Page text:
Photo/Illutration The Olympic logo in Tokyo's Shinjuku Ward (Asahi Shimbun file photo)

Despite growing calls for Japan to either cancel or again delay the Tokyo Games, government and Olympic officials have pressed ahead with preparations, including devising various scenarios for spectator numbers during the pandemic.

The spread of the novel coronavirus last year postponed the Tokyo Olympics and Paralympics to summer 2021, and sources said the International Olympic Committee has asked for several alternatives concerning fan attendance at the event.

But during Diet questioning on Jan. 20 and 21, opposition lawmakers urged Prime Minister Yoshihide Suga to cancel or postpone the Olympics again.

Kazuo Shii, head of the Japanese Communist Party, pointed to the possibility that COVID-19 vaccinations would not spread to all nations in time for the Olympics. He also noted the difficulty of dispatching large numbers of medical personnel for athletes and fans at the Games.

“The holding of the Games this summer should be canceled, and all efforts by Japan and the world should be focused on controlling the novel coronavirus pandemic,” Shii said at the Jan. 21 Lower House plenary session.

Suga, however, said preparations were continuing to hold the Olympics in a safe manner even without the precondition that vaccines would be widely available in time for the event.

Officials from the central government, the Tokyo metropolitan government and the Olympic organizing committee have come up with three options regarding spectator numbers at the venues. The alternatives are: no limit, 50 percent of capacity, and no fans.

Sources said the central government plans to decide on which alternative to go with by the end of March.

Some sources said the idea of allowing in spectators from abroad should be abandoned even before spring, given the continuing increase in new COVID-19 cases.

However, central government officials want to use the Olympics as a catalyst for recovery in inbound visitors to Japan. They have started developing a system using smartphone apps and facial recognition technology to detect and monitor infected people.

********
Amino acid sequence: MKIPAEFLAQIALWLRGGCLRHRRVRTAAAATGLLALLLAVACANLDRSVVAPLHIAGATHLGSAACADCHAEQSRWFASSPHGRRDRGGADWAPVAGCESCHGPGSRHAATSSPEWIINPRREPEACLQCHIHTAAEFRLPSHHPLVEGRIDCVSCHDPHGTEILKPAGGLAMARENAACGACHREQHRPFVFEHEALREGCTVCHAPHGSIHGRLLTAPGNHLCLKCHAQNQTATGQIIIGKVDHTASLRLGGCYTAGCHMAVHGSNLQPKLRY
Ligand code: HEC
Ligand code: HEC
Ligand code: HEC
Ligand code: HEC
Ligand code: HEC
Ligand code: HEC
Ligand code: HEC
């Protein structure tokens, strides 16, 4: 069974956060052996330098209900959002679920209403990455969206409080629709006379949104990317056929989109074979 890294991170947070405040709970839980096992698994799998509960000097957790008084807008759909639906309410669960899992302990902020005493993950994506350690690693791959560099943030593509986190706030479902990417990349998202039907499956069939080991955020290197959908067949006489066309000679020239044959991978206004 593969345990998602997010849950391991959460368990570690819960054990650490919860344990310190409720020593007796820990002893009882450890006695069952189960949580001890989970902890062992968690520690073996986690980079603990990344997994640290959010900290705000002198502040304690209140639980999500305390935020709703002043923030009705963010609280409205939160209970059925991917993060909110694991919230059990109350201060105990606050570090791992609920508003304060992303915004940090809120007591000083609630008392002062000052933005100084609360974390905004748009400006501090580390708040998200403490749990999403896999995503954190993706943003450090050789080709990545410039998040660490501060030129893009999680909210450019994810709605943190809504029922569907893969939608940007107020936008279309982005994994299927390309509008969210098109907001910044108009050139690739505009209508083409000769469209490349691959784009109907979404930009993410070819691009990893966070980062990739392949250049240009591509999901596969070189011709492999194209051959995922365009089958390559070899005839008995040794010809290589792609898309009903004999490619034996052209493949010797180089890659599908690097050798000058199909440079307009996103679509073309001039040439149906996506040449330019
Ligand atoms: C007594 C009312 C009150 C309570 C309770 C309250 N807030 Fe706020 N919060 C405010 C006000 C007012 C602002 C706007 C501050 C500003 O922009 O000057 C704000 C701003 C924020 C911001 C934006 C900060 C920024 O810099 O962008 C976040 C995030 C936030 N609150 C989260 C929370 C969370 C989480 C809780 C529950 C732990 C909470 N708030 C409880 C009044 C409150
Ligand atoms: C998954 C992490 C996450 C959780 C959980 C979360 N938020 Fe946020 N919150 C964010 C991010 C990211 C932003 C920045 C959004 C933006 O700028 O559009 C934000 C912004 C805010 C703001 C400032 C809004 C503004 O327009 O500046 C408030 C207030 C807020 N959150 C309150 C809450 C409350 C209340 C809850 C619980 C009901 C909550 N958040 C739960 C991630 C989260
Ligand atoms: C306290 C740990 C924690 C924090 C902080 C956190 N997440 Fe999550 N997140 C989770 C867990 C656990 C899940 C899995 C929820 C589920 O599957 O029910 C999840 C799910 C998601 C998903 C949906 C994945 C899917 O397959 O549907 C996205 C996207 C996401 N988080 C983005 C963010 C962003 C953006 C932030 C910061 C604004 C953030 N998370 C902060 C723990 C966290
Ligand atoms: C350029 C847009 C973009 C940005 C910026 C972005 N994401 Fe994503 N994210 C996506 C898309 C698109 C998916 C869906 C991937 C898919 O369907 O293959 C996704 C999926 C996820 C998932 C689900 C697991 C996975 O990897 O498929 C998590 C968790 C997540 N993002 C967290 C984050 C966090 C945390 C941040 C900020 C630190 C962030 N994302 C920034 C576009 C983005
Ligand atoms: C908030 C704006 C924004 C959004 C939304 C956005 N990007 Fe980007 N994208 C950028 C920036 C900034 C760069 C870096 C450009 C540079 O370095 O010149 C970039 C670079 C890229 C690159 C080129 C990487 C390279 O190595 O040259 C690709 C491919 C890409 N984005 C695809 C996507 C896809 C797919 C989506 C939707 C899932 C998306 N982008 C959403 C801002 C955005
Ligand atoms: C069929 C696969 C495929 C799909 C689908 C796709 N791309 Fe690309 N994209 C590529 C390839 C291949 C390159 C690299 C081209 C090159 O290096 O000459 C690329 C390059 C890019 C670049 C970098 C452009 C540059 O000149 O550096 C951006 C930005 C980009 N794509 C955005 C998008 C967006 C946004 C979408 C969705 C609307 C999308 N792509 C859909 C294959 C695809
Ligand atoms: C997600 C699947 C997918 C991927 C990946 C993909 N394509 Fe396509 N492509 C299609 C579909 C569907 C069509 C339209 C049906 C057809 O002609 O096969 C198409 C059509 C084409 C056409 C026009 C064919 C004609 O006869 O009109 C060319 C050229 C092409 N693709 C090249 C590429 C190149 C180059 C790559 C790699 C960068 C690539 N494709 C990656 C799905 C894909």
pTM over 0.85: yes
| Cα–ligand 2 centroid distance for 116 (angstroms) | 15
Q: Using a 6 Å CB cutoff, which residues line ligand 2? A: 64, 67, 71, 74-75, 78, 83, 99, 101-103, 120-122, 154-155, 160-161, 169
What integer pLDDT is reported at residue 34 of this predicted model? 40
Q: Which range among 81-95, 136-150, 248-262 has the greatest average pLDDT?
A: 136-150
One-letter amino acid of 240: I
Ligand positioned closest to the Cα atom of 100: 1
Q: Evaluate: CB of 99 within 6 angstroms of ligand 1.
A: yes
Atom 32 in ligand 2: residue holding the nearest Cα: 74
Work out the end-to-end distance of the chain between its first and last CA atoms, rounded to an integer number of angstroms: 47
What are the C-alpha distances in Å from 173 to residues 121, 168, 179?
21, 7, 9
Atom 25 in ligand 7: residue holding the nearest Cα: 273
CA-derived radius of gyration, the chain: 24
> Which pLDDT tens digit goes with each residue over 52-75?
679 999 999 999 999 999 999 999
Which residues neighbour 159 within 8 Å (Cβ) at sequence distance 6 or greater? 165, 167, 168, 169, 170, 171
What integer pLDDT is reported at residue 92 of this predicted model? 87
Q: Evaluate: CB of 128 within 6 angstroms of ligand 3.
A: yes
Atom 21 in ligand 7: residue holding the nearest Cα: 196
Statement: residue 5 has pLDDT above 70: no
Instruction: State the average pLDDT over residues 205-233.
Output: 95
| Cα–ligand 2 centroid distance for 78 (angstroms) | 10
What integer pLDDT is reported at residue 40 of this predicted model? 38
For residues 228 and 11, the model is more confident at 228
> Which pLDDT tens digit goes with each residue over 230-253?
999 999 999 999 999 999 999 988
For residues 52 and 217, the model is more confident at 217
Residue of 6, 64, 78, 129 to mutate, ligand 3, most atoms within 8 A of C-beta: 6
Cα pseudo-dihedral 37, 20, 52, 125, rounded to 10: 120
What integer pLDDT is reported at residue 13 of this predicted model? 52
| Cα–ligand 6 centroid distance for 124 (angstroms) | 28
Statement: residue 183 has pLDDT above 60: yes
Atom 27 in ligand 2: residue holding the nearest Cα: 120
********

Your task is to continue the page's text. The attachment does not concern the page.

The Tokyo Olympic organizing committee is continuing its preparations on the presumption that no restrictions will be placed on the number of spectators. It is also considering the creation of a computer system that would only handle ticket sales for 50-percent capacity.

The “zero spectators” option would ease the burden on the government to implement infection-prevention measures at the Olympic venues. That alternative could be chosen as late as June, sources said.

But if no fans are allowed into the stands, Tokyo Olympic organizers would lose around 90 billion yen ($869 million) in ticket revenues. Government outlays would be required to cover the shortfall.

Various public opinion polls show the vast majority of voters want the Tokyo Olympics to be canceled or postponed a second time.

Even Ichiro Matsui, the Osaka mayor who heads Nippon Ishin (Japan Innovation Party) and is considered an ally of Suga, said on Jan. 20 that negotiations should be held with the IOC about holding the Olympics in 2024 in Tokyo, given the impossibility of vaccinating everyone in Japan by this summer.

But Suga is apparently banking on the Olympics to prop up the plummeting approval ratings for his Cabinet mainly over his handling of the COVID-19 health crisis.

If he were forced to postpone the Olympics, Suga would have to redo his political strategy regarding a Lower House election that must be held by this autumn.

(Go Kobayashi contributed to this article.)